That's when Korten realized he needed a bigger theory, something that would explain not just why corporations and governments were doing things, but why those things garnered the enthusiastic support of ordinary people. That led him to the opposing visions of Empire and Earth Community. ("Empire" is Korten's re-labeling of the feminist "Patriarchy", which I think is a good change. It reminds me of Philip Dick's novel VALIS and its enigmatic line "The Empire never ended.")

These visions could stand on their own in the present, but Korten finds them more compelling if they're attached to a historical big theory, which is where the prehistoric matriarchy and the five-thousand-years-of-Empire come in. I don't find either of these theories all that convincing, so I'm happy to discover that they're separable from the rest.

Then he needs an argument that Empire is heading towards a crack-up. This is where global warming, peak oil, the coming collapse of the dollar, etc. come in. Some of these supporting theories are a whole lot more convincing than the others, so it's important to realize that you just need something in this slot. If you happen to believe that there's a whole lot more oil in the ground than pessimists think, or have an argument that explains why the trade deficit is not such a big deal, that doesn't torpedo the whole Great Turning.

Finally, the Great Turning comes with an action plan, and that plan starts with changing popular worldviews by changing the stories we tell. He doesn't use the term "framing", but that's what it is. Lakoff did it better in Moral Politics. Korten identifies three big stories (i.e. frames) that need to be changed from an Empire version to an Earth Community version: the prosperity story, the security story, and the meaning story. In each case, I found that the Empire version was too much of a caricature and the Earth Community story wasn't compelling. But this is fixable. I think I can write better Earth Community stories, and maybe I will. I don't think Korten would mind.

Korten's section on meaning stories is really awful. He identifies meaning stories with creation stories and gives two parallel Empire versions: the Calvinist God-made-the-rich story and the Darwinist everything-is-meaningless story. His Earth Community meaning story is basically intelligent design with a Dancing-Wu-Li-Masters, bad-quantum-mechanics twist. (The closest I got to snark in my account of his talk at GA was to note that the room went dead silent during this segment.) There's room for a much better liberal religious, meaning-is-what-we-make-it story.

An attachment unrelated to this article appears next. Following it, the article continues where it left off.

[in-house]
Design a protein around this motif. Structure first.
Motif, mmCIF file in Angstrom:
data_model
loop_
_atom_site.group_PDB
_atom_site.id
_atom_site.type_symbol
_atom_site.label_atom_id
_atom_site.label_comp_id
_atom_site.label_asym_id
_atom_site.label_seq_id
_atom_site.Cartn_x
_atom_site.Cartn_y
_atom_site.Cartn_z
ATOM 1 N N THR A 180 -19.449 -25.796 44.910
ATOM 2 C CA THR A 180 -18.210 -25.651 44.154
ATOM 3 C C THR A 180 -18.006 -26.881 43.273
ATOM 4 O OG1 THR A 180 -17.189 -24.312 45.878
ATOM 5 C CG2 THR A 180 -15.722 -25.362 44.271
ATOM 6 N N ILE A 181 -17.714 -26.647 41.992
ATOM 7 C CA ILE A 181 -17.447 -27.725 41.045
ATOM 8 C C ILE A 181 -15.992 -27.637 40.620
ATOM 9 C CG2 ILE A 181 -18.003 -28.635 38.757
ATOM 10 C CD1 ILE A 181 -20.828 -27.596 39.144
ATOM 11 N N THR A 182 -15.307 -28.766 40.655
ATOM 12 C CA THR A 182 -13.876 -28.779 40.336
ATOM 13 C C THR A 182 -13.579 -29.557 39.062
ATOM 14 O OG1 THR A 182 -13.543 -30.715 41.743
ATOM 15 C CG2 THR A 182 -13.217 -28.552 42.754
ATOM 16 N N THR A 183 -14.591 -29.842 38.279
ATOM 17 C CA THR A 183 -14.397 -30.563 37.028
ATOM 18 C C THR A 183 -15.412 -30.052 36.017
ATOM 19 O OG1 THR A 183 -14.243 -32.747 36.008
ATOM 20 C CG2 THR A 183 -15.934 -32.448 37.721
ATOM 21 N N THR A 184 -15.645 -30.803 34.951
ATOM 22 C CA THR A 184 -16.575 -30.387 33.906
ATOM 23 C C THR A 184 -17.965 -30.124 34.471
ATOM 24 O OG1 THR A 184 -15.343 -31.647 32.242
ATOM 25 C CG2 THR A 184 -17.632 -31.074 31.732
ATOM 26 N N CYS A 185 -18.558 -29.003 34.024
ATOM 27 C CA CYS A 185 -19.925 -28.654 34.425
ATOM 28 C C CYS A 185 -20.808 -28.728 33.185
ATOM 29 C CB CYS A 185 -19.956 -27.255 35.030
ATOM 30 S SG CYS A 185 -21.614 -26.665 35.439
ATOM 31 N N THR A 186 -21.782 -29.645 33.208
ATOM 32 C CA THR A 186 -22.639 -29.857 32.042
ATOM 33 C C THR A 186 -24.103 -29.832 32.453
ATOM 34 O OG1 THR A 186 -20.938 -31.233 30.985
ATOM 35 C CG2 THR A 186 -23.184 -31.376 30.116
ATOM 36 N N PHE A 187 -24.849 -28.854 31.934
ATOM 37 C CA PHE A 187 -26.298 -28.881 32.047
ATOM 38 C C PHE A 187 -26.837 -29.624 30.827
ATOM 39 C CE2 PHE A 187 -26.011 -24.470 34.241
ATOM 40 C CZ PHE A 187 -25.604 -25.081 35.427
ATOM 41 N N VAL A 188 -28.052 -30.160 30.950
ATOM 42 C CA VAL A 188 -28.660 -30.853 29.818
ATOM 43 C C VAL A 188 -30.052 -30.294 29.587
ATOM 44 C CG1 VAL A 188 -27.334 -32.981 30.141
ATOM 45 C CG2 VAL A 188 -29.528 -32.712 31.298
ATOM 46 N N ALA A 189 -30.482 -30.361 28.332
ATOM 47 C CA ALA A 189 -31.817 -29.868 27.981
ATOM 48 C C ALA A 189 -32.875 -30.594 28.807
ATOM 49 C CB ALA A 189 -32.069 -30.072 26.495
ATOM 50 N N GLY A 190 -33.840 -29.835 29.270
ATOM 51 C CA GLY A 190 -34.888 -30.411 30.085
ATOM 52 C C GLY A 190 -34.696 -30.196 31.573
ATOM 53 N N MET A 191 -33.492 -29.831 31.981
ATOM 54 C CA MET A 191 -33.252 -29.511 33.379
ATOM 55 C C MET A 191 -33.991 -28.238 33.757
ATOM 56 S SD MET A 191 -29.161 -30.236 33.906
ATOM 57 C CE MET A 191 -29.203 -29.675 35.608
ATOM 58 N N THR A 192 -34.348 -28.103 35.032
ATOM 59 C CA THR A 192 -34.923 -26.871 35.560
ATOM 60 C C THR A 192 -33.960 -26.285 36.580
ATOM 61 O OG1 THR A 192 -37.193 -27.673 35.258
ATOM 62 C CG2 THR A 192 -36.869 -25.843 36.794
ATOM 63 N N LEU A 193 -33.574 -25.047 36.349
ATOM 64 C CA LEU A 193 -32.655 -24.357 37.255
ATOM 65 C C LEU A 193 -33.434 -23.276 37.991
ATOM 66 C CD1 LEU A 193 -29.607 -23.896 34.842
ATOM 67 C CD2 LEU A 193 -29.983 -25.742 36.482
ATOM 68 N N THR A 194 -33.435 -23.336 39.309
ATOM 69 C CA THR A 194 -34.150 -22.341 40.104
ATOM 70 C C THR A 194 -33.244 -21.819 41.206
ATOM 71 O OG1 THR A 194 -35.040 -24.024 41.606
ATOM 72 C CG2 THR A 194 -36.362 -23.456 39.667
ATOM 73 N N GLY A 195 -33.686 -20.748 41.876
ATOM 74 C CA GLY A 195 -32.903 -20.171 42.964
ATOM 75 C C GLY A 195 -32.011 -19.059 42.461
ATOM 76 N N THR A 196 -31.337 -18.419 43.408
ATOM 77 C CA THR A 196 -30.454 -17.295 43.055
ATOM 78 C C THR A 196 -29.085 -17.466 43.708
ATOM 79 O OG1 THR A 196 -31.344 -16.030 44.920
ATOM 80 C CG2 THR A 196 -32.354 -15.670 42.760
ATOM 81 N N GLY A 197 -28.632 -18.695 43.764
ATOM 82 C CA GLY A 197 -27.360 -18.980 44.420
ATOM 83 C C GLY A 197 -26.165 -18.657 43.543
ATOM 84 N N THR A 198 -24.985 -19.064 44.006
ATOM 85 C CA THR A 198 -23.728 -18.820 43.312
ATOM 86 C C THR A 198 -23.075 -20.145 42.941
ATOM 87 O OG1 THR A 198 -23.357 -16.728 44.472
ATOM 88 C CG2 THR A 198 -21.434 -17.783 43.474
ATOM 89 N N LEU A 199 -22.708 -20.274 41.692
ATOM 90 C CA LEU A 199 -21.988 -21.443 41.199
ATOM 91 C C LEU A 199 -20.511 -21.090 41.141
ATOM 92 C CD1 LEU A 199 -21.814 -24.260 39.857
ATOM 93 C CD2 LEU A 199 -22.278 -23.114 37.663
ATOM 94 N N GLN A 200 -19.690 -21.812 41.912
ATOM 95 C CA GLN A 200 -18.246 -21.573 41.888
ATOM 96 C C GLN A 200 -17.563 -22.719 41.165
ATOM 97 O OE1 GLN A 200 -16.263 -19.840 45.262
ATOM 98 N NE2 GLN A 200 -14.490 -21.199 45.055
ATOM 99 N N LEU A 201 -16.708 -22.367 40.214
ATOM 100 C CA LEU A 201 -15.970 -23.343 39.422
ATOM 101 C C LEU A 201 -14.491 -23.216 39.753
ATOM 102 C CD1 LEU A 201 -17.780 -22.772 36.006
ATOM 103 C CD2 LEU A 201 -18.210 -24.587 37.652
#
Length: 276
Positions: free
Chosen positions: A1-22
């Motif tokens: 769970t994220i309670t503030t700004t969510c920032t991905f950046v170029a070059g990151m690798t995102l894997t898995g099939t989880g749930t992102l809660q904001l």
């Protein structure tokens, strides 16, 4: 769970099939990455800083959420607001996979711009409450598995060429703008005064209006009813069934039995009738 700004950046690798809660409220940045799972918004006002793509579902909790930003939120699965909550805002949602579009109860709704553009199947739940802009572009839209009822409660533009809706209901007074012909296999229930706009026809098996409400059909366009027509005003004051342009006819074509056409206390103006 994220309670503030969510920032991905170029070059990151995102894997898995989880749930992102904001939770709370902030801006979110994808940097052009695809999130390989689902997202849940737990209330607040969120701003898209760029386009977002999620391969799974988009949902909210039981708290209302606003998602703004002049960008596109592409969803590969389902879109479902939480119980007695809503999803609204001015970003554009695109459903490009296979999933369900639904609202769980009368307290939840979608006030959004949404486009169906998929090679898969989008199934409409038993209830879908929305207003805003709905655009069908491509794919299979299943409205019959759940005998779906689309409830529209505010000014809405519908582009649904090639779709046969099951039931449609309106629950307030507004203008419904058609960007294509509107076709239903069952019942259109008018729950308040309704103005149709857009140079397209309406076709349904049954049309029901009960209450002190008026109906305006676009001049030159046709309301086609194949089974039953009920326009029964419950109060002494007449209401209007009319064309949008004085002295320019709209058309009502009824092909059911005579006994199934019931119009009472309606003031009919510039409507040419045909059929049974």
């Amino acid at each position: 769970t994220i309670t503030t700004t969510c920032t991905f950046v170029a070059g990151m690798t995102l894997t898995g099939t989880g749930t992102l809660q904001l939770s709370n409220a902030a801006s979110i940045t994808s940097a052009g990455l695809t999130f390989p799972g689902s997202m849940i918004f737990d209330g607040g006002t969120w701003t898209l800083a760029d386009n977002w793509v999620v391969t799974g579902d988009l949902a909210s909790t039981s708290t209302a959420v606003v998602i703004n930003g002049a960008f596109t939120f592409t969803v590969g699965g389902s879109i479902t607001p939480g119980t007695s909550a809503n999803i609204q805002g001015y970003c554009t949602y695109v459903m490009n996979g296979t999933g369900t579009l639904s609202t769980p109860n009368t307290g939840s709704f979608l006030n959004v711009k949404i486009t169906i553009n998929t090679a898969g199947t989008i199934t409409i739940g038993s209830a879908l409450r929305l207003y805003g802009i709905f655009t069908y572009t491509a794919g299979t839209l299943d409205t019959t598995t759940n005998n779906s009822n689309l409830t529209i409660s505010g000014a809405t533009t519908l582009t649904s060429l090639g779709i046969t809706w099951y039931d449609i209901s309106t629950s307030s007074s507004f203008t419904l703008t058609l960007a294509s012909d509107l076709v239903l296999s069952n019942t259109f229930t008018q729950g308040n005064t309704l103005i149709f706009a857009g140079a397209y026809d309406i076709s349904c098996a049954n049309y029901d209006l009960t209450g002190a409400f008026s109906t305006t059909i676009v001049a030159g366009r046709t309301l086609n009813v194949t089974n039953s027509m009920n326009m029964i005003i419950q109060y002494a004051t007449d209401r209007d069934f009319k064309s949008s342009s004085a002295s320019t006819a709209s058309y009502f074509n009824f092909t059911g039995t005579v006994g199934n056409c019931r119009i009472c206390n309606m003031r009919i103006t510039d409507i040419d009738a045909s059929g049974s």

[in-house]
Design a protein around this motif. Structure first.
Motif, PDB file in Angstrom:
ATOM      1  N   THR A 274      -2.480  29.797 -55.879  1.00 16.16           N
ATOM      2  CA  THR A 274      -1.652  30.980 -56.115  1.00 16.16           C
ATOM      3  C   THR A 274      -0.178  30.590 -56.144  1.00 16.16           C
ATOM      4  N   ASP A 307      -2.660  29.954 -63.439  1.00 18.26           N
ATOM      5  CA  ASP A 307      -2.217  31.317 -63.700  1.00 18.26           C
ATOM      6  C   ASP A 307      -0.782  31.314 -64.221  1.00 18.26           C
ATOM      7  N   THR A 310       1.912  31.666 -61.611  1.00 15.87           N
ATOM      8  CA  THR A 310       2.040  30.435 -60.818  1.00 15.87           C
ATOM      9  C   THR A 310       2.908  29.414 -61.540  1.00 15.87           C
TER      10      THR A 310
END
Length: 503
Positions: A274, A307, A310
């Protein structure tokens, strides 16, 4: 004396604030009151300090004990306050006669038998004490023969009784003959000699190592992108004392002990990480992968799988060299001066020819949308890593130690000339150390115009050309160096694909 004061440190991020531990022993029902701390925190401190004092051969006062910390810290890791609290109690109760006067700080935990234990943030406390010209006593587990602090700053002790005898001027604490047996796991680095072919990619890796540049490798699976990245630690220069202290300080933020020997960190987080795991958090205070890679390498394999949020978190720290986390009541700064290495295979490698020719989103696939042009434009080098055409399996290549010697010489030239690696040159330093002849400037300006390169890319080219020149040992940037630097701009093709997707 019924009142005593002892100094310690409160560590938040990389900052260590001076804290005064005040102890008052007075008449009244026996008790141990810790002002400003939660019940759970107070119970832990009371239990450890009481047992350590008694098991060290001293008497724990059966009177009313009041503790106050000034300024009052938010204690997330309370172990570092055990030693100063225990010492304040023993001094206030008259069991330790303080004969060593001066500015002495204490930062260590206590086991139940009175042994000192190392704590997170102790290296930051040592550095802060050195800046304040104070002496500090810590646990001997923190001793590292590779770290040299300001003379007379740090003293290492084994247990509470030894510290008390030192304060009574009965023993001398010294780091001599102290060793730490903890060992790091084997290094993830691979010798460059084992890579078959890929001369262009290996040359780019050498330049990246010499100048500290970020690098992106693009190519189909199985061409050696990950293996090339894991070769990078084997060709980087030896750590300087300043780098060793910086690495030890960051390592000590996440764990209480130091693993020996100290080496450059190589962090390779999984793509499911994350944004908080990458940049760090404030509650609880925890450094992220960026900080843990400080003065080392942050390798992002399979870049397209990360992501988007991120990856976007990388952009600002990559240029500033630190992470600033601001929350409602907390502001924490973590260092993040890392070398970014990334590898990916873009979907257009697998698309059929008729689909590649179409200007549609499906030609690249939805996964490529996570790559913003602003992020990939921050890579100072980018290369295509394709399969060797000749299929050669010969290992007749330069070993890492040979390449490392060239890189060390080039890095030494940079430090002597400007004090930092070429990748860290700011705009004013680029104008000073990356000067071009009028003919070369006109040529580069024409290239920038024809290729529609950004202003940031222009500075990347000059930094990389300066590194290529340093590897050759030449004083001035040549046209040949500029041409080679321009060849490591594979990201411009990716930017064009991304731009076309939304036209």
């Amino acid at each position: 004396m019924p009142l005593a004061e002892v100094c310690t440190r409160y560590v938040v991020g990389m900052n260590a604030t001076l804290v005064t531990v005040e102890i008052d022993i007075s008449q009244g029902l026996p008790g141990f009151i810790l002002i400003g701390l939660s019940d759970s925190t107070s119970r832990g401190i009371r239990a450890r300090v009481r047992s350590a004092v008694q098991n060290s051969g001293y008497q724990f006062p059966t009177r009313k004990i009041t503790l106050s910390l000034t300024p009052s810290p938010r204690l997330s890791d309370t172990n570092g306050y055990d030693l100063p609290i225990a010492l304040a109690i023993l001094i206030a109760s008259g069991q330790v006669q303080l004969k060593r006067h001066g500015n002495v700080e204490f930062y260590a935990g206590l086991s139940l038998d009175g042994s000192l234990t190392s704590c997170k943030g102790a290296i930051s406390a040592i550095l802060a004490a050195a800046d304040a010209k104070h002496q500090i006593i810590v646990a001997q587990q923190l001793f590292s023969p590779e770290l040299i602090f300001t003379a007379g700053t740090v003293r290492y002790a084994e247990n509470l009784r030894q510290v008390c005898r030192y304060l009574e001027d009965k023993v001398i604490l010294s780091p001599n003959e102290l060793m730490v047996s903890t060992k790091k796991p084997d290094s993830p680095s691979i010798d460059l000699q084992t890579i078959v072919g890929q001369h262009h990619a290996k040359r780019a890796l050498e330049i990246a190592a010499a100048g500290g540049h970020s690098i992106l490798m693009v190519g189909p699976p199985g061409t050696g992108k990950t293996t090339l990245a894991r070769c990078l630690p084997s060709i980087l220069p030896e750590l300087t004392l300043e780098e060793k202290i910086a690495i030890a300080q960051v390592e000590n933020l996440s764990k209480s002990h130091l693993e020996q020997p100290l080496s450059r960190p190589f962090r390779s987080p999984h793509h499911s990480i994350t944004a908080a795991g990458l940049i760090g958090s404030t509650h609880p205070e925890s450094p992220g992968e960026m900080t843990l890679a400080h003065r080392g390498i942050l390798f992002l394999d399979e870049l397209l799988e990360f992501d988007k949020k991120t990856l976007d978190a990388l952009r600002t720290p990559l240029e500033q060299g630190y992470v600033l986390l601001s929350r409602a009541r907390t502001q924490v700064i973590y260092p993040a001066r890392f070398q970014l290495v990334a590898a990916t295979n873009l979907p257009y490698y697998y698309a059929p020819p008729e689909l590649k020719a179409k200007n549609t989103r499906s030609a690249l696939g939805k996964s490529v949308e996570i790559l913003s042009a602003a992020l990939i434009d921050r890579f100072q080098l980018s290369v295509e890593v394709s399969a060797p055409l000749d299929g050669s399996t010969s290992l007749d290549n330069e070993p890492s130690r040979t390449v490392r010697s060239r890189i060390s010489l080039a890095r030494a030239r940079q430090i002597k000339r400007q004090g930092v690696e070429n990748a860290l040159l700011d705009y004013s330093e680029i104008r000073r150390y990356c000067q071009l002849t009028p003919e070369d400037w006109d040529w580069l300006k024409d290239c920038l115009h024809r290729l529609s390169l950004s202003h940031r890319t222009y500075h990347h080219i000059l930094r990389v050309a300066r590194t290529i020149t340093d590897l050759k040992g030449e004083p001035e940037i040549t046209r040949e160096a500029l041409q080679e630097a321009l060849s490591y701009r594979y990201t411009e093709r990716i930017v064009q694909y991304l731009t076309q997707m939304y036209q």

So anyway, this is the scaffolding that I needed to construct around The Great Turning. If you've had as much trouble with it as I did, I hope this helps.

8 comments:

LT said...

Good post.
David Korten spoke at the church I serve and I had some similar responses and questions. What was essential to the theory and what was not?

What gives his presentation power is its appearance of systematicness, or its comprehensiveness. If you think that all political/cultural and economic phenomena are connected, then you have to have a theory which explains why everything is the way it is -- and a theory that explains how it is possible to change everything.
Dialectical and Historical Materialism (or Marxism-Leninism) was the most complete expression of a comprehensive and systematic understanding of the causes of the present world, an explanation of how it works, and a strategy for changing it. As an intellectual effort, Korten's work is rudimentary in comparison.

There is some hubris in trying to assert such a comprehensive understanding -- to try to explain and then change the whole world. The words of Lao-Tse in the reading #604 in the Singing the Living Tradition come to mind. "Those who would take over the earth/And shape it to their will never, I notice, succeed.

hafidha sofia said...

Thanks for the summary. Even getting to the point where folks are willing to consider that there is an "empire" is a struggle. As you said, I don't think Korten would mind people clarifying or improving upon his "big theory."